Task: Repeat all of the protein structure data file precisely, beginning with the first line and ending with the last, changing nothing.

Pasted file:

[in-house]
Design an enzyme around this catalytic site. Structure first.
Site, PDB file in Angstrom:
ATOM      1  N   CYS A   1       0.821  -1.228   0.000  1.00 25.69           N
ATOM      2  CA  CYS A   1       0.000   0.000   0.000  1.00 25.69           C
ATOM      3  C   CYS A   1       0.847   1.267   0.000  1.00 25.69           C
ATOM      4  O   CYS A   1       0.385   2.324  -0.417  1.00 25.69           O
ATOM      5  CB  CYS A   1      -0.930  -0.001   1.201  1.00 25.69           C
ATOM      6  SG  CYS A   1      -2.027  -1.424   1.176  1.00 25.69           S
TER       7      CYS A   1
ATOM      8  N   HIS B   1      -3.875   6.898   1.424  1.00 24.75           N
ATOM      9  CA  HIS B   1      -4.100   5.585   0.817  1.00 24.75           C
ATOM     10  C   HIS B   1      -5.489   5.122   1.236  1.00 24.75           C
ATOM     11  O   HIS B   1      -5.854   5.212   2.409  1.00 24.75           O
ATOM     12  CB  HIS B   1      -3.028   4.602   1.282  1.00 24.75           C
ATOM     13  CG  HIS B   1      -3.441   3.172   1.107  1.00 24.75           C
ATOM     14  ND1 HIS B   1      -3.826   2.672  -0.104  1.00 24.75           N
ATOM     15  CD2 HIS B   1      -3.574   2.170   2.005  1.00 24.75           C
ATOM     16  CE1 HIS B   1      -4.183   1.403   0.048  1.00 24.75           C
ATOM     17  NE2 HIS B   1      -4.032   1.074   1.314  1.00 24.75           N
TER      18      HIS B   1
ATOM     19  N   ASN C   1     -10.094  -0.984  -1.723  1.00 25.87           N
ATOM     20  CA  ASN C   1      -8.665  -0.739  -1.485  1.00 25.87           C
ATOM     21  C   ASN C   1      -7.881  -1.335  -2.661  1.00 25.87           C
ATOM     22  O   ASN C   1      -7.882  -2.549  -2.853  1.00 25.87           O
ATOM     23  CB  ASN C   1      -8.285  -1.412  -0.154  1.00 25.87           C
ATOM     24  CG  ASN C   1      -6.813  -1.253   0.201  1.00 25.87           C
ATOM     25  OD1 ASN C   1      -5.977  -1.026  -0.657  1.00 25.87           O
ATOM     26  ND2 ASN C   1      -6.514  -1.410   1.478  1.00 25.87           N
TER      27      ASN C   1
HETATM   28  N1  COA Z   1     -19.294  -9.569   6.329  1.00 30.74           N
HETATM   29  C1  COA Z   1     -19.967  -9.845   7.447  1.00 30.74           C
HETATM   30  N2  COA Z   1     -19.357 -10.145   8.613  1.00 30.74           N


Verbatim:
[in-house]
Design an enzyme around this catalytic site. Structure first.
Site, PDB file in Angstrom:
ATOM      1  N   CYS A   1       0.821  -1.228   0.000  1.00 25.69           N
ATOM      2  CA  CYS A   1       0.000   0.000   0.000  1.00 25.69           C
ATOM      3  C   CYS A   1       0.847   1.267   0.000  1.00 25.69           C
ATOM      4  O   CYS A   1       0.385   2.324  -0.417  1.00 25.69           O
ATOM      5  CB  CYS A   1      -0.930  -0.001   1.201  1.00 25.69           C
ATOM      6  SG  CYS A   1      -2.027  -1.424   1.176  1.00 25.69           S
TER       7      CYS A   1
ATOM      8  N   HIS B   1      -3.875   6.898   1.424  1.00 24.75           N
ATOM      9  CA  HIS B   1      -4.100   5.585   0.817  1.00 24.75           C
ATOM     10  C   HIS B   1      -5.489   5.122   1.236  1.00 24.75           C
ATOM     11  O   HIS B   1      -5.854   5.212   2.409  1.00 24.75           O
ATOM     12  CB  HIS B   1      -3.028   4.602   1.282  1.00 24.75           C
ATOM     13  CG  HIS B   1      -3.441   3.172   1.107  1.00 24.75           C
ATOM     14  ND1 HIS B   1      -3.826   2.672  -0.104  1.00 24.75           N
ATOM     15  CD2 HIS B   1      -3.574   2.170   2.005  1.00 24.75           C
ATOM     16  CE1 HIS B   1      -4.183   1.403   0.048  1.00 24.75           C
ATOM     17  NE2 HIS B   1      -4.032   1.074   1.314  1.00 24.75           N
TER      18      HIS B   1
ATOM     19  N   ASN C   1     -10.094  -0.984  -1.723  1.00 25.87           N
ATOM     20  CA  ASN C   1      -8.665  -0.739  -1.485  1.00 25.87           C
ATOM     21  C   ASN C   1      -7.881  -1.335  -2.661  1.00 25.87           C
ATOM     22  O   ASN C   1      -7.882  -2.549  -2.853  1.00 25.87           O
ATOM     23  CB  ASN C   1      -8.285  -1.412  -0.154  1.00 25.87           C
ATOM     24  CG  ASN C   1      -6.813  -1.253   0.201  1.00 25.87           C
ATOM     25  OD1 ASN C   1      -5.977  -1.026  -0.657  1.00 25.87           O
ATOM     26  ND2 ASN C   1      -6.514  -1.410   1.478  1.00 25.87           N
TER      27      ASN C   1
HETATM   28  N1  COA Z   1     -19.294  -9.569   6.329  1.00 30.74           N
HETATM   29  C1  COA Z   1     -19.967  -9.845   7.447  1.00 30.74           C
HETATM   30  N2  COA Z   1     -19.357 -10.145   8.613  1.00 30.74           N